West Ham fans have the right to protest but must not endanger others, says Sam Wallace
"We have to balance this with not putting people in danger," says Wallace, as club continues investigation
By Ben Grounds
Last Updated: 11/03/18 6:53pm
West Ham supporters have a right to protest against their owners David Gold and David Sullivan, the Daily Telegraph's Chief Football Writer Sam Wallace told the Sunday Supplement.
Numerous pitch invasions marred Burnley's 3-0 victory over David Moyes' side, with Mark Noble admitting he had to protect himself against invasive supporters.
Investigations are underway by the club and Premier League, and an emergency meeting of all stakeholders has been called following the ugly scenes on Saturday.
Wallace condemned the disorder and lack of police presence, and believes disgruntled fans must strike the right balance between protesting without endangering those inside the stadium.
He said: "It's not nice to see children being sheltered in the away dug-out and it's a head-in-hands moment when a middle-aged man gets on the pitch and waves a flag around.
"It's right that we condemn this behaviour because it took us many years to get rid of hooliganism from the game.
"But we shouldn't lose sight of the fact that football fans in this country have always had the right to protest.
"There's a strong tradition of that and I would always want fans to stand up for their club. But we have to balance this with not putting people in danger. Running on the pitch sends a bleak message.
"Fans have a right to protest, but going on the pitch is a red line and it's wrong for children to feel in danger."
West Ham's day of shame was sparked after Ashley Barnes had given Burnley the lead with a fine strike and the revolt which ensued has dominated Sunday's papers.
The Hammers are 16th in the Premier League following a third straight defeat, with Southampton at home up next at the end of the month.
Wallace claims that West Ham supporters feel they have been lied to over false promises that have led to legitimate grievances.
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He added: "The problem with West Ham's stadium is that it was built for the Olympics. There was no legacy for football. It's been a terrible compromise that hasn't worked for anyone, least of all the taxpayer.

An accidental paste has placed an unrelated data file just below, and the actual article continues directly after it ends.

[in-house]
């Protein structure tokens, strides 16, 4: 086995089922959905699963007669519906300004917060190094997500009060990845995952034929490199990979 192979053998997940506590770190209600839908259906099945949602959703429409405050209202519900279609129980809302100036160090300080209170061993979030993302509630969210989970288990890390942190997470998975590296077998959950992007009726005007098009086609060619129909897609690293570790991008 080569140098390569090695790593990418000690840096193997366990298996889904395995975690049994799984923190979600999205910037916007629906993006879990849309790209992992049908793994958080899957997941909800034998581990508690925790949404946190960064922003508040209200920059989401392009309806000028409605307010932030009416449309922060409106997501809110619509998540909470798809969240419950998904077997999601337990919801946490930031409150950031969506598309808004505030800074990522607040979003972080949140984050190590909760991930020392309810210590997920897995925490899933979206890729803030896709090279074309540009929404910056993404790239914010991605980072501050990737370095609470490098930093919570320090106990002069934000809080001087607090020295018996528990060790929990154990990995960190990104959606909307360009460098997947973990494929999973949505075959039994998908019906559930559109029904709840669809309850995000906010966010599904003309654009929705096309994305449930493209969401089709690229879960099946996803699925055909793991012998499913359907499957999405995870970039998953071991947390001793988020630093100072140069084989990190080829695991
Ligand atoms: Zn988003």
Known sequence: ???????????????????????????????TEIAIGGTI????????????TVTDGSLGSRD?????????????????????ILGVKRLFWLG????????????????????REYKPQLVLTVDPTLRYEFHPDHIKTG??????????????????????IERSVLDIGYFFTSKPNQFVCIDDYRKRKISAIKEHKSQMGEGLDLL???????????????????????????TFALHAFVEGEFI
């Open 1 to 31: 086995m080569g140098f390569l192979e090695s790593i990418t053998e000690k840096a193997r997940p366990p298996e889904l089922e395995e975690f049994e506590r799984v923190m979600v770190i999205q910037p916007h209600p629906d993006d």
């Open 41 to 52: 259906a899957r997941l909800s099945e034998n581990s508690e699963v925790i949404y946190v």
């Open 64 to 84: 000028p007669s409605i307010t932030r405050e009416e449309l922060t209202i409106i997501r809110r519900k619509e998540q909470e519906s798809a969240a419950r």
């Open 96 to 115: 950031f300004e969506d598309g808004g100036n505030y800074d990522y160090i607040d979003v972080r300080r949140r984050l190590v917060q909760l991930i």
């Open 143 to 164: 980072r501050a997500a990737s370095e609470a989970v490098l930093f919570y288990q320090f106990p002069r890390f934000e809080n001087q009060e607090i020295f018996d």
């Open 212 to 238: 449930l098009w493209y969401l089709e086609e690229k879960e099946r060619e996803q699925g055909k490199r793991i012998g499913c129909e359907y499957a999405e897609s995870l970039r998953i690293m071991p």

"Right from the offset, there didn't seem to be a plan. West Ham felt they couldn't turn it down because financially it was great but even the walk to the ground, it doesn't feel like a community.
"I think they're facing a game behind closed doors. It pains me but I think that would be the right decision. Fans on the pitch creates an atmosphere of the days of anarchy.
"If you can't control people coming on the pitch then you can't control the stands. The club has got to be better run. Part of the investigation has to include the owners looking at themselves."
There has been an undercurrent of discontent at West Ham throughout the season with many having serious issues with co-owners Sullivan and Gold.
The club spent a club-record £80m on players during the 2016/17 season, but investment has levelled off over the past 12 months.
The Hammers have the seventh-highest wage bill in Premier League, but Gold and Sullivan have received £14.8m interest on loans to the club since 2011.
Jeremy Cross, Chief Sports Writer at the Daily Star, feels the disconnect between the owners and supporters is at the heart of the matter.
He said: "It comes back to the ownership of the club and they are clearly two very unpopular guys.
"The fans feel they've lost their identity moving to the London Stadium. It's been a fiasco. They've had a net spend of under £30m this season, and that's a pittance by Premier League standards.
"They have a mediocre team with not a lot of talent, and they are where they are for a reason. The fans feel they've been lied to."
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